Local carriers, others record marginal air traffic growth - THISDAY
By Wole Oyebade
Passenger traffic in Nigeria and other African countries recorded a 4.9 percent growth at the closing stages of 2019.The International Air Transport Association’s (IATA) global passenger traffic results for November 2019 showed that the uptick was an improvement from the 2.3 per cent recorded in the region in October last year.
The traffic growth was also confirmed by the President of the National Association of Nigerian Travel Agencies (NANTA), Bernard Bankole, saying that the local market did increased by at least 10 percent in 2019.“The industry has grown by about 10 percent. There are African airlines that derive more than 60 percent of their market from Nigeria. They cannot fully disclose their gains here for obvious reasons. There is stability in the system and the currency is also stable. With better policy to drive enabling environment, the sector can contribute more to the economy,” Bankole said.
IATA, the clearing house for 280 airlines worldwide, estimated that global demand rose 3.3 percent in November, compared to the same month in 2018. This was unchanged from October’s result and below the long-term trend. Capacity increased by 1.8 percent, and load factor climbed 1.1 percentage points to 81.1 per cent, which was a record for any November. All regions saw annual increases in traffic.
IATA’s Director General and Chief Executive Officer (CEO), Alexandre de Juniac, said November’s moderate result reflects the continuing influence of slower economic activity, geopolitical tensions and other disruptions, including strikes in Europe. “On the plus side, positive developments in the U.S.-China trade talks, in tandem with signs of improving business confidence, could support an uptick in travel demand. In the meantime, continued modest capacity growth is helping to maximise asset efficiency,” he said.November’s international passenger demand rose 3.1 per cent, compared to November 2018, which was a marginal increase from the 3.0 percent year-over-year growth achieved in October.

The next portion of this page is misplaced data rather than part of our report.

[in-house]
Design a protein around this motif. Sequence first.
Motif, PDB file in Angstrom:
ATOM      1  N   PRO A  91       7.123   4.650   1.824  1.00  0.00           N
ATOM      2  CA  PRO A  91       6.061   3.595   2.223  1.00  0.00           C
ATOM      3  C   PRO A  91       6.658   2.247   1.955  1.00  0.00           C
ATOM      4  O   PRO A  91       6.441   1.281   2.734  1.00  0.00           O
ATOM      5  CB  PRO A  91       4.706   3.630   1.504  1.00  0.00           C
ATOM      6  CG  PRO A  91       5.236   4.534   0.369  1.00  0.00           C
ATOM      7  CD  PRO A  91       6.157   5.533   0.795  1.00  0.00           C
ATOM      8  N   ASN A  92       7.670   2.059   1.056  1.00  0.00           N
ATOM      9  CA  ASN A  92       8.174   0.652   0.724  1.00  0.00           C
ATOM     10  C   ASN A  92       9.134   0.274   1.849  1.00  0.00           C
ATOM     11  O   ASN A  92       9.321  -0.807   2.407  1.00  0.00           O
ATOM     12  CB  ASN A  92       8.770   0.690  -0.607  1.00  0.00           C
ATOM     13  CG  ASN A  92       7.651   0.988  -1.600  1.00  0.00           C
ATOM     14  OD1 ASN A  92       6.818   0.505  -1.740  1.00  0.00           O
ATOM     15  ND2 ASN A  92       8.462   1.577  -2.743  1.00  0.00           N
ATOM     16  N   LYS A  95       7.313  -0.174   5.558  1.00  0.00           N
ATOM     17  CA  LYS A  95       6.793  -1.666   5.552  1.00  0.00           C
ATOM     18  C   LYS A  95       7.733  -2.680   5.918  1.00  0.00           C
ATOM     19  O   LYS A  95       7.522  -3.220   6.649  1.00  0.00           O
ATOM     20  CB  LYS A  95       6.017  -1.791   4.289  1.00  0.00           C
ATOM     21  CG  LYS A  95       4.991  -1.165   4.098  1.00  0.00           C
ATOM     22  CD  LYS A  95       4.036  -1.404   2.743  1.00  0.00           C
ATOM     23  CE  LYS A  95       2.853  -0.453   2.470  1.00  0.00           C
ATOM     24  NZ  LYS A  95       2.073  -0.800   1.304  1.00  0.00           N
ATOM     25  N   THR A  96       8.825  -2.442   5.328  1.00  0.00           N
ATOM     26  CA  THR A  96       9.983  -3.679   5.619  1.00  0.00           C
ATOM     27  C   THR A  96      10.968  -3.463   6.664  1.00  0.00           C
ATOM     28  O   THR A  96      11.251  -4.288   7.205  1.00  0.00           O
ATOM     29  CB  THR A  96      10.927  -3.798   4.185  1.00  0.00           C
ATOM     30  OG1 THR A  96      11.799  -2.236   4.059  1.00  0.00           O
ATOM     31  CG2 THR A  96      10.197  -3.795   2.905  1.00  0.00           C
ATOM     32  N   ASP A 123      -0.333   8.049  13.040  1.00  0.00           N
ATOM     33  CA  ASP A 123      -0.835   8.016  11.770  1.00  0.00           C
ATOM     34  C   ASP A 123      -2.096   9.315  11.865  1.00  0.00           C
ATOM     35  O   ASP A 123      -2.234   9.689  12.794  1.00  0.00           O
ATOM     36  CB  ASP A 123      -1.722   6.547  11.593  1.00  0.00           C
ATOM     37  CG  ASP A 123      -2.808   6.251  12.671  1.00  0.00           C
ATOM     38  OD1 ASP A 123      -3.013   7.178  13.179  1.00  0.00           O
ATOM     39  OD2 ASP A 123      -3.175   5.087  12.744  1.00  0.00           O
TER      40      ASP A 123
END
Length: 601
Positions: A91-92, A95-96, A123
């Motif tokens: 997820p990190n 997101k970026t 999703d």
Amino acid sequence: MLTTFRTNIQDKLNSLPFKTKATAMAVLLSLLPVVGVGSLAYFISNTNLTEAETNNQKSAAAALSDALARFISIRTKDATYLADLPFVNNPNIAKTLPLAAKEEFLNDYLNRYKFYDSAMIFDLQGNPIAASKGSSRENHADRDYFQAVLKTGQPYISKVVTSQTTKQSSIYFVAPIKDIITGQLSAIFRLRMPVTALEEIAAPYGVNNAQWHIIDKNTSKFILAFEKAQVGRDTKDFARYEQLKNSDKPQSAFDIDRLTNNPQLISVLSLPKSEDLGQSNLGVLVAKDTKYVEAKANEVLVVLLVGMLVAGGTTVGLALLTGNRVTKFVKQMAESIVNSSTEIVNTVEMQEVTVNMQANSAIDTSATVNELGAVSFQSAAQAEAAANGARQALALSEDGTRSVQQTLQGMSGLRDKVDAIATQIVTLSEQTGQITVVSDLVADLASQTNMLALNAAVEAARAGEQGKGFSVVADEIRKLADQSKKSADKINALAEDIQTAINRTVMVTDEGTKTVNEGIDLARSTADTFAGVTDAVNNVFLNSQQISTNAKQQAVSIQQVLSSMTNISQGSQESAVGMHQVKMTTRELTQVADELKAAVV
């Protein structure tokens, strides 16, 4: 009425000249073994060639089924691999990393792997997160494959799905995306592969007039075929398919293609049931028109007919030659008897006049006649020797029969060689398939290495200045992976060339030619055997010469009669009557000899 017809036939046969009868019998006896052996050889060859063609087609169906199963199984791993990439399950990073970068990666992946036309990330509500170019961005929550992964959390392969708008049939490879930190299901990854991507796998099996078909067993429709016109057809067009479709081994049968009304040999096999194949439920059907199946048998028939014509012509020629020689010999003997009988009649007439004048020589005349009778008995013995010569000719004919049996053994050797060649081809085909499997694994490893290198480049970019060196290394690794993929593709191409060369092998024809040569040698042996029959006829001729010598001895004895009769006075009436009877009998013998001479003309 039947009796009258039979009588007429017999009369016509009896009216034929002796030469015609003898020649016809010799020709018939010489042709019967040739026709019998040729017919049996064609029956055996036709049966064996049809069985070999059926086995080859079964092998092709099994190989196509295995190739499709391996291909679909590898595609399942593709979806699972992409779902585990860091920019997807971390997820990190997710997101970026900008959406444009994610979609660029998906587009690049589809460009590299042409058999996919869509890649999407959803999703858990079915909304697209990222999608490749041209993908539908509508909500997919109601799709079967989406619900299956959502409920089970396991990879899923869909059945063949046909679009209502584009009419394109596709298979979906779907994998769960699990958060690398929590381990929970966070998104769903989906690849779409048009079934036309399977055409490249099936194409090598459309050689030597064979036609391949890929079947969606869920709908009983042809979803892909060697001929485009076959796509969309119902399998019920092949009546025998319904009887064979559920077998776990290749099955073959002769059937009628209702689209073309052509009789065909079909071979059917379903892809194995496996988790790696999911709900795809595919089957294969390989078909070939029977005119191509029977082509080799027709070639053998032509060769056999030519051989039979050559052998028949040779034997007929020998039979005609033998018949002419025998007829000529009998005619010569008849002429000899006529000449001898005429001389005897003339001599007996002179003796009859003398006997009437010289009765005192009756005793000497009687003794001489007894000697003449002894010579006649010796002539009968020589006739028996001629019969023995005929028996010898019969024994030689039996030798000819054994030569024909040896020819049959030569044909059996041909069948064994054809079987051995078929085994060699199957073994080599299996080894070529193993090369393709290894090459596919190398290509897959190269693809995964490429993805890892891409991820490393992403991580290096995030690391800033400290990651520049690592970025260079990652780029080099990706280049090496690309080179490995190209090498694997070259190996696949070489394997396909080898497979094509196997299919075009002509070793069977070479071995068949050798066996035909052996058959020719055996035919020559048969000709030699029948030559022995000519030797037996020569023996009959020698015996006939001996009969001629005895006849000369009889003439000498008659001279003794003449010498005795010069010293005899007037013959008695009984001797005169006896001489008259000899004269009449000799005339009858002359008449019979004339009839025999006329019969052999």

All regions recorded traffic increases, except for Latin America. Capacity climbed 0.7 percent, and load factor increased 1.8 percentage points to 80.1 percent. Asia-Pacific airlines saw November traffic increase 3.9 percent compared to the 2018 period, a slight decline compared to the 4.2 per cent yearly growth recorded in October. Capacity rose 2.8 per cent and load factor rose 0.8 percentage point to 79.9 percent.
While seasonally-adjusted volumes are increasing, the trend has moderated. Disruptions in Hong Kong, slowing demand in India and China and less supportive business confidence in several key economies are among the contributing factors.
European carriers experienced a 1.2 per cent increase in November traffic, down from 1.6 per cent growth in October and the weakest outcome since early 2013. Industrial actions (strikes) disrupted operations for a number of airlines during the month, contributing to the demand slowdown. Capacity dropped 1.1 percent and load factor rose 1.8 percentage points to 83.8 percent.
Middle Eastern airlines posted a 7.4 per cent traffic increase in November, up from a 5.6 percent rise in October. Capacity was flat, and load factor soared 5.0 percentage points to 73.2 percent. The strong performance was driven by robust demand on to/from Asia and Europe markets. North American carriers’ international demand climbed 2.3 percent compared to November 2018, down from the 3.6 percent growth recorded in October.
Despite a slowing in economic activity, fundamentals remain generally sound for the region, although the rise in geopolitical tensions may impact international demand going forward. Capacity rose 1.6 percent, and load factor accelerated 0.6 percentage point to 81.2 percent. Latin American airlines had a 0.3 percent traffic decline in November compared to a year ago, in line with October’s decline. Capacity slipped 1.8 per cent and load factor increased 1.3 percentage points to 82.1 percent. Economic headwinds and/or social unrest in a number of countries in the region contributed to the lowered result.